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Asking for permission to preach is a way of life for “Leonardo.” Merely forgetting or refusing to ask can result in death at the hands of the guerrillas or paramilitaries in Colombia’s “red zones.” Pastors in these areas are viewed as obstacles to the groups’ political ambitions because young people who become Christians are no longer attracted to the groups’ violent lifestyles. “They give you a time to start preaching, and you have to begin and be done at that time,” Leonardo explained. “There was no nighttime preaching or walking outside [allowed], and I always had to give a note if I was going to go anywhere.” Leonardo’s church soon transferred him to a different area, where he worked with people who had been displaced by guerrilla groups in the red zones. But his new home was not free from opposition, either. “There are gangs, hitmen,” he said. “I have been there two years. Two times they have not let me preach.” The gangs stopped Leonardo in front of his church and denied him entrance, saying, “Today no preaching!” But Leonardo found another place to preach. With a speaker and microphone in hand, he began preaching outdoors. He first began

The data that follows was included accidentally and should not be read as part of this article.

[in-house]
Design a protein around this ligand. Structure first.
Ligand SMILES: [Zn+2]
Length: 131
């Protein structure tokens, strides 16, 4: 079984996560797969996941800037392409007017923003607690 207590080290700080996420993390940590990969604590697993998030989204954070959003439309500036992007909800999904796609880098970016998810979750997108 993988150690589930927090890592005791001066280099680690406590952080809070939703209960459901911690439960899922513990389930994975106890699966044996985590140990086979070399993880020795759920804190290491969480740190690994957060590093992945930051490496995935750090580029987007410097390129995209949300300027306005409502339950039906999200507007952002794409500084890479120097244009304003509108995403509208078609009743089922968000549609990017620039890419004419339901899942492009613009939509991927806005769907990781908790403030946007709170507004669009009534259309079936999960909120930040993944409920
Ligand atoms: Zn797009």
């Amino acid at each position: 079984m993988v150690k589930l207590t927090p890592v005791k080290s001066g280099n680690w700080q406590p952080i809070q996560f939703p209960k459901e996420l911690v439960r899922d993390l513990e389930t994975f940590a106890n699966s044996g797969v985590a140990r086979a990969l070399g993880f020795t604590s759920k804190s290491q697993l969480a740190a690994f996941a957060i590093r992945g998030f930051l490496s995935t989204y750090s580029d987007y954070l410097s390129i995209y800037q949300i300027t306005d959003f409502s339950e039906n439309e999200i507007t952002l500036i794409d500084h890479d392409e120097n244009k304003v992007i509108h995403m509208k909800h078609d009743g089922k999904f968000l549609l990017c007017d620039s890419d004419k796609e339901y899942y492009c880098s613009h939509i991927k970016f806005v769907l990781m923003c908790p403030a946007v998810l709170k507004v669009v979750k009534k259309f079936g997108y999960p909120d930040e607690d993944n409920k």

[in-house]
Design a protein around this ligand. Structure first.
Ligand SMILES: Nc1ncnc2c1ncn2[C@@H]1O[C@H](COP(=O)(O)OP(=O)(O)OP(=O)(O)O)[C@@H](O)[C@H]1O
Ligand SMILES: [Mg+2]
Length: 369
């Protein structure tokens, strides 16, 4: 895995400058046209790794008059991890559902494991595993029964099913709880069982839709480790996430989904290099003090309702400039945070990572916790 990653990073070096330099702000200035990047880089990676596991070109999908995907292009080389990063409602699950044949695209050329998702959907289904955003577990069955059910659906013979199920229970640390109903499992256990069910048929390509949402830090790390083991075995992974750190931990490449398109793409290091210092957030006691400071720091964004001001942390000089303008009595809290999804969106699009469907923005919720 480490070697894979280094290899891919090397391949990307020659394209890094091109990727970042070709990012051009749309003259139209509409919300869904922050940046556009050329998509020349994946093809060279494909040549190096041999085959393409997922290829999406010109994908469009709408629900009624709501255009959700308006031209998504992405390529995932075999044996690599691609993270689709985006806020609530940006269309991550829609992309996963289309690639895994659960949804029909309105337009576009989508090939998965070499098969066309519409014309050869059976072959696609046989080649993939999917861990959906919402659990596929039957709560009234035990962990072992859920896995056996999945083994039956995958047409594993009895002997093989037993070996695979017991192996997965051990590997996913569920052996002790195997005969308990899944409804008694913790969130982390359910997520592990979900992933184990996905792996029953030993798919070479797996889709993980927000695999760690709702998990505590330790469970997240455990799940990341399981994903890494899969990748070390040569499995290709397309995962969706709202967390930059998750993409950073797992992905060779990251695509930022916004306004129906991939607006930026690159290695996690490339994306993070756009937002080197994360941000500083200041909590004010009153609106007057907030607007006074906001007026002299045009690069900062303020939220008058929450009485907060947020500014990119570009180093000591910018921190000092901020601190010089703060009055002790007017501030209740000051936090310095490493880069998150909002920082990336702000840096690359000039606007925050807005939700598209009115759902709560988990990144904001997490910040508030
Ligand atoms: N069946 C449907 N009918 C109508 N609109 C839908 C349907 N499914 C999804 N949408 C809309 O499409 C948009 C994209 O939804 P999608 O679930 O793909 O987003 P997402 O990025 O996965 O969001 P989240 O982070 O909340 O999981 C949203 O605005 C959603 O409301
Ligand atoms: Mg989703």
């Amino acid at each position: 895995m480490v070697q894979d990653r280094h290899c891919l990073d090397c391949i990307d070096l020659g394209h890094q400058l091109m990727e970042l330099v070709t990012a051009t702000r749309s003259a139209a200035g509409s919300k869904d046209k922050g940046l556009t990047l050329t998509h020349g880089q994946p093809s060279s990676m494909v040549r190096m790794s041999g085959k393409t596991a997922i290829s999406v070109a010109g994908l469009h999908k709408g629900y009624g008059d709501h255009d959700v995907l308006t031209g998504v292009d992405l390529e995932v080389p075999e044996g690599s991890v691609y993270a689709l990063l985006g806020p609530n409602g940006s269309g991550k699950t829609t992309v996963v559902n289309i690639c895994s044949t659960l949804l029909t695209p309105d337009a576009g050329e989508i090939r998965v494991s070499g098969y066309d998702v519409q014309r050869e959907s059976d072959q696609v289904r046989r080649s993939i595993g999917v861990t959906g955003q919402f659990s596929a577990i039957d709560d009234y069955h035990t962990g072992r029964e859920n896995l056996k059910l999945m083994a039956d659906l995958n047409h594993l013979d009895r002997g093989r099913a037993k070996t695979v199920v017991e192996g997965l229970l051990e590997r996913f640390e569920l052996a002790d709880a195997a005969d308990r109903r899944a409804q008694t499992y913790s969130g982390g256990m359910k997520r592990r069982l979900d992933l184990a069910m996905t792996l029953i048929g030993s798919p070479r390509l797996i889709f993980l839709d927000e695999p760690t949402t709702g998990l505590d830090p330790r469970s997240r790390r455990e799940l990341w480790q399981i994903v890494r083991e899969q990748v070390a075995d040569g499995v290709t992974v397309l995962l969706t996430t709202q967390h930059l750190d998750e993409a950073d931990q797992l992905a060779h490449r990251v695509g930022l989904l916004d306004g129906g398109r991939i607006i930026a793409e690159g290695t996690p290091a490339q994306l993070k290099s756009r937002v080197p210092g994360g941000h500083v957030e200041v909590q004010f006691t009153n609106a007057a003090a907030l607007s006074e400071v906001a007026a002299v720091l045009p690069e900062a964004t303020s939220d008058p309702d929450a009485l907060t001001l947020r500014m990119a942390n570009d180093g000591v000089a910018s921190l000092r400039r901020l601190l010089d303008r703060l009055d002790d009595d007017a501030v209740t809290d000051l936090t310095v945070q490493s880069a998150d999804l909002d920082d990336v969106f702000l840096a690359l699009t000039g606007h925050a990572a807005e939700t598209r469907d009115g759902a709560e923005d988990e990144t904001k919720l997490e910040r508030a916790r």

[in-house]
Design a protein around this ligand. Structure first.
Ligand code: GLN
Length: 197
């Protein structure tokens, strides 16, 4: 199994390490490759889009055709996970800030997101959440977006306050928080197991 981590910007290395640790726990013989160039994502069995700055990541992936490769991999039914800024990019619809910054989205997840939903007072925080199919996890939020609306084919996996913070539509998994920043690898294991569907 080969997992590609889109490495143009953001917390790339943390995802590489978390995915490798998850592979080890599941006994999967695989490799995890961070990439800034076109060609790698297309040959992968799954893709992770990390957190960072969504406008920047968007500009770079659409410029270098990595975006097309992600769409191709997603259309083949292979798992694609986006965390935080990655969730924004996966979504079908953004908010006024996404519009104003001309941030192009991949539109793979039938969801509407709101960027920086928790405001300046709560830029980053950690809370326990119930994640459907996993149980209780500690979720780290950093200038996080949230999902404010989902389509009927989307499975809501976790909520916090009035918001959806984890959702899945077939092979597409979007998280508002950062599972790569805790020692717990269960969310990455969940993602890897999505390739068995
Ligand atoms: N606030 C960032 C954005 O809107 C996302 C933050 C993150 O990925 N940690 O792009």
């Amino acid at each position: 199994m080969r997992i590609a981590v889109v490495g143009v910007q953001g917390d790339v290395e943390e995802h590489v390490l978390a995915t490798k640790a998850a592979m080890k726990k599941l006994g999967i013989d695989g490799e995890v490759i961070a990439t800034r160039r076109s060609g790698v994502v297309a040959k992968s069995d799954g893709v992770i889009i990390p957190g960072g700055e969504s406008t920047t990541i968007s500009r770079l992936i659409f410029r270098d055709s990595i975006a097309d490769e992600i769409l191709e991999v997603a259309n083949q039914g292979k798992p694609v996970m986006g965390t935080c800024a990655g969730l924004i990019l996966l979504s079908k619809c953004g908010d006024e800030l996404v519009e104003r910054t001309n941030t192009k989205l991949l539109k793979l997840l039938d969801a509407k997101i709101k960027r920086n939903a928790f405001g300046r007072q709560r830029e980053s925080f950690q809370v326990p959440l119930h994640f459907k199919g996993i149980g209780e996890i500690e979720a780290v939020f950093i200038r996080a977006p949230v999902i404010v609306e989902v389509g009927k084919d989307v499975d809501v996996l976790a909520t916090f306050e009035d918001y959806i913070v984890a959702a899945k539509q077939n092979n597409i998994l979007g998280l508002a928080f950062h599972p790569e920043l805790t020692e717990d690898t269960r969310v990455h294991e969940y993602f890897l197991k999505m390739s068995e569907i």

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As the sound of gunfire grew louder, 10-year-old Luis and his brother ran to their room and crawled under their bed. They knew the gunfire meant guerrilla fighters from the Revolutionary Armed Forces of Colombia (FARC) were again attacking their small jungle village in one of Colombia’s “red zones,” particularly dangerous areas. When soldiers from the Colombian Army arrived to repel the attack, the guerrillas took the boys’ father hostage to aid their escape. Although they released him four hours later, fighting between the guerrillas and government forces dragged on for days. Many of Luis’s friends were killed in the attack. All Things Made New Luis found true peace in Christ at age 13 and immediately felt the need to help people in villages like his who had suffered from the decades-long insurgency. “He told me He was my God and my Father, and He would always be there for me,” Luis said. “I felt the love of God come back in my life.” Using his small savings, Luis bought books, games and other items to distribute in his old village, which remained under threat. He also brought New Testaments and gave them to everyone he met, including police officers,

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Categories: Stories from the Field